Read this message that came in through the email:I would like to know why do green cicadas “piss”? There is this one tree i SUkau where there are may be 100’s of green cicadas on it and they seem to be pissing from the tree.PleaseadviseAnyone have a clue? — Dan, Cicada Town

There are here!

Date: Saturday, May/4/2002

What a sound! Outdoors you can hardly have a conversation! First noticed them 3 days ago, it gets louder everyday. — jay, West of Brookhaven MS

Brood XXIII is abundant in Homochitto Forest

Date: Saturday, May/4/2002

may 4th… I live in the Homochittto Forest in Franklin County,Ms.We are southwest of Mr.Stark from Clinton. Brood XXIII has really come out in great numbers here! As I sit here I can hear their chorusing like surround sound! It sounds like one of those alien flying soucers from the old 50’s and 60’s sci-fi movies.I think they are too cool,especially the big red eyes! To all that have fears of them…….relax!!!! I’ve been close to these wonderful creatures for years and never once got bitten,abducted or molested by one! — karen butler, meadville,ms>>>>homochitto forest

Emergence wanes in Clinton

Date: Saturday, May/4/2002

This morning (May 4) the number of emerging Magicicada is drastically lower than for the past two days. Only 88 M. tredecim husks and 5 M. tredecula/M. tredecassini were found on my porch. A colleague at Ole Miss reports the emergence is underway in Oxford as of Wednesday, May 1. — Bill P. Stark, Clinton, Mississippi, USA

WHY ME????

Date: Friday, May/3/2002



Date: Friday, May/3/2002

Nucklear [AT] ! I Want Information On This ! How Long Will They Keep Comming Out? Im Studying Them With All My Might Here At French Camp Academy In Mississippi ! I Want To Contribute To The Site And Help Anyway ! Thankz ! — Warren E., French Camp Acedemy Mississippi

More Brood XXIII counts from the back porch

Date: Friday, May/3/2002

During the 1989 emergence of Brood XXIII I counted almost 9000 exuvia from my backyard during the entire emergence. Now that I’m 13 years older I’m only checking the back porch; this morning (May 3) the count was 462 M. tredecim and 44 M. tredecula/tredecassini. This gives a total of 1210 husks recovered from the porch over the first 6 days of the emergence. — Bill P. Stark, Clinton, Mississippi, USA

Freaking Out!!!

Date: Friday, May/3/2002

Our yard looks like it has been aerated. Holes everywhere. At night, cicadas cover our yard and in the mornings there are thousands of shells around our trees. Shells are even stuck all over our house (brick) and window screens. I’ve never seen anything like it! But pretty neat though. — Terrie, Florence, Ms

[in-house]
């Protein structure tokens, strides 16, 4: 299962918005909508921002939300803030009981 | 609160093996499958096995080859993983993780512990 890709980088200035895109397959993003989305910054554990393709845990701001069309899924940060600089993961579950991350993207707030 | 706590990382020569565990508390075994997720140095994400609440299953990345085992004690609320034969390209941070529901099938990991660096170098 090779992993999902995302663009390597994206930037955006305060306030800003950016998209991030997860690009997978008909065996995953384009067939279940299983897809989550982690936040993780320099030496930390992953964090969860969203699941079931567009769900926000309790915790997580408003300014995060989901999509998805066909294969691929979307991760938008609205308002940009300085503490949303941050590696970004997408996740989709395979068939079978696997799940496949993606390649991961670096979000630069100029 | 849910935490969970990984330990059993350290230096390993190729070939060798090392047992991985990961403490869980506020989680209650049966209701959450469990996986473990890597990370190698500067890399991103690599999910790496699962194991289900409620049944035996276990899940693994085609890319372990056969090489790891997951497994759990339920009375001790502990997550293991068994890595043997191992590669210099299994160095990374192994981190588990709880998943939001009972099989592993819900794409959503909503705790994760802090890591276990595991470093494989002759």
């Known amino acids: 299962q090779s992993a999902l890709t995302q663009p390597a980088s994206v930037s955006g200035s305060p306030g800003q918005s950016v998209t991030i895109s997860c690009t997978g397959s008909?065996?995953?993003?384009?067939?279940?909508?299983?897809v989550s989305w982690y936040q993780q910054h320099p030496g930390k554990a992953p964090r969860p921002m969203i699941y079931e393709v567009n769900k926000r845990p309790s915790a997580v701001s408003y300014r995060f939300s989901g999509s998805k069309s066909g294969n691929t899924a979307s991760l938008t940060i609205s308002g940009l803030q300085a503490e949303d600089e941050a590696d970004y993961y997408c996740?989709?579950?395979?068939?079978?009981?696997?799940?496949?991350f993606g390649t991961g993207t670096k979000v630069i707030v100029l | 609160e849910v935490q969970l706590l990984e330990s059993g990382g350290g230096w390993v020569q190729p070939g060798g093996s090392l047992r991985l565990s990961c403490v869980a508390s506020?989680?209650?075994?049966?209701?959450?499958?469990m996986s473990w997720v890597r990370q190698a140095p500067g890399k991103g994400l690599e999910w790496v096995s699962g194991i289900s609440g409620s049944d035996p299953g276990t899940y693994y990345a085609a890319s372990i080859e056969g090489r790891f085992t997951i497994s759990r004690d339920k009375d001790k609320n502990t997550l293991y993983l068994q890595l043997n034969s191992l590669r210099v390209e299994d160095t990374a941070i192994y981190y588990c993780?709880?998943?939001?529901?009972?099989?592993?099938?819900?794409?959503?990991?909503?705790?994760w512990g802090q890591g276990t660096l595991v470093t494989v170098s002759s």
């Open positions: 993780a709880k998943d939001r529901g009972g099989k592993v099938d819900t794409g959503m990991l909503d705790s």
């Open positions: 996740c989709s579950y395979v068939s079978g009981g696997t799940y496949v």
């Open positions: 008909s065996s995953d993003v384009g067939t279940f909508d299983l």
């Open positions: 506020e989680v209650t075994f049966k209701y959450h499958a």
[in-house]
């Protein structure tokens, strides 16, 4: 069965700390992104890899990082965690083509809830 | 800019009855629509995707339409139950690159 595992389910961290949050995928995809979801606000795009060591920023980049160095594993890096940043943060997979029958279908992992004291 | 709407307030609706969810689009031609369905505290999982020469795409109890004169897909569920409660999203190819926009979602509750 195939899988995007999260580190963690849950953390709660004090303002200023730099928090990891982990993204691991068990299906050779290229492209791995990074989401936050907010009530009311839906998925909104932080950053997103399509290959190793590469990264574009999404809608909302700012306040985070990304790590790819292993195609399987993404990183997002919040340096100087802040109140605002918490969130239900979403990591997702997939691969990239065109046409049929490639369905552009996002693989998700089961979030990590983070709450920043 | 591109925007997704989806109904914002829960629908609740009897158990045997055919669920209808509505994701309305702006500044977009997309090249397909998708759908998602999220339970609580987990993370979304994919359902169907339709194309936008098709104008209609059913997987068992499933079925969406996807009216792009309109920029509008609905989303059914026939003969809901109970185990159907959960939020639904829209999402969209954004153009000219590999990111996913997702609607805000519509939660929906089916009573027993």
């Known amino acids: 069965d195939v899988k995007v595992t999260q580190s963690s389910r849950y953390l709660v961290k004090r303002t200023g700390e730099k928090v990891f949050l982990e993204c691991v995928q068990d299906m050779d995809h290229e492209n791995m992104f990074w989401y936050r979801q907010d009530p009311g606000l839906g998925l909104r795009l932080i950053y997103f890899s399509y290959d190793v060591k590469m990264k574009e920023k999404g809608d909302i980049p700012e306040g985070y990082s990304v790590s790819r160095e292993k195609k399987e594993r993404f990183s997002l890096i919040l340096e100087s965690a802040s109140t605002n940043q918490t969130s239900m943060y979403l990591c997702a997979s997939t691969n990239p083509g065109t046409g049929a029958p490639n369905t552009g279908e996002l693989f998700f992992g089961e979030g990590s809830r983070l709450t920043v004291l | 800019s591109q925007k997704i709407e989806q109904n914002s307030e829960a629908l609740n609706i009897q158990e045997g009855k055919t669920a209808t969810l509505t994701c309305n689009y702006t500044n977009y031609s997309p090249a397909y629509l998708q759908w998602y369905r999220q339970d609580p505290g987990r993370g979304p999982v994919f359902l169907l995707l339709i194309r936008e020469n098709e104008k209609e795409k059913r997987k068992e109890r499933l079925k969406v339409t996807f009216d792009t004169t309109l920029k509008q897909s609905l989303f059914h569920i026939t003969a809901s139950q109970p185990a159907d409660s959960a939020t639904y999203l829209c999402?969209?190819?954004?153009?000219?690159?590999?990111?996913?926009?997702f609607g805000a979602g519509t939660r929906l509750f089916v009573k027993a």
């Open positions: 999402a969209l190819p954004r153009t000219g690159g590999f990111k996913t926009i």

Brood XXIII Songs are in the air

Date: Thursday, May/2/2002

Yesterday afternoon (May 1) a few songs songs could be heard in the woods near my home in Clinton. Today at noon a much more pronounced low hum was audible. The chorus is underway. Emergence last night got the attention of people all over the Jackson metropolitan area and my own back porch looked like a cicada war zone. When it all settled out there were 485 M. tredecim husks and 54 of the M. tredecula/M. tredecassini small type husks. — Bill P. Stark, Clinton, Mississippi, USA


Date: Thursday, May/2/2002

We have cicadas in Florence, MS. My question do they bite humans? I have a two year old and I don’t want her bitten. My trees look like they are moving we have so many in our yard. — Renee, Florence, MS

I have them in my own yard!!

Date: Thursday, May/2/2002

On April 28, 02. I woke up as usual, but nothing was usual when I looked out my door, there were hundreds of Insects on my house and porch. I didnt know what to do, so I just swept it away, and then it happen the next 3 mornings also, I finally called the pest control people, who came out and told me my insects are none other then Cicadas. I have hundreds of them, and there shells, I hate to kill them but what else can I do, my kids are scared to come outside… — Paula, Jackson Mississippi

Brood XXIII emergence in full swing

Date: Wednesday, May/1/2002

Exuvia counts from my porch are: 15, 16, 27 and 107 for the first 4 nights of the emergence (April 28-May 1). 92.7% of these represent M. tredecim. In addition to the Clinton emergences, a few other sites have been noted. These include Hazelhurst, Byram, Raymond and Jackson all in central Mississippi. — Bill P. Stark, Clinton, Mississippi, USA

April 30, 2002

Cicada Comments from April 2002

Filed under: Brood VIII | Brood XXIII | Mail, Comments & Social — Dan @ 9:53 am

More news on Brood XX111

Date: Monday, Apr/29/2002

One of my current entomology students brought a single specimen of M. tredecim to class this morning that was also captured April 28 in Raymond, Mississippi (Hinds County) about 10 miles southwest of Clinton. She reported seeing hundreds of husks and emergence holes at this site. — Bill P. Stark, Clinton, Mississippi, USA

Any new links?

Date: Sunday, Apr/28/2002

I’m glad to hear the emergence of Brood XXIII has begun. If anyone finds any new cicada site links please email them to us. — Dan, Cicada Mania Headquarters

Brood XXIII emergence

Date: Sunday, Apr/28/2002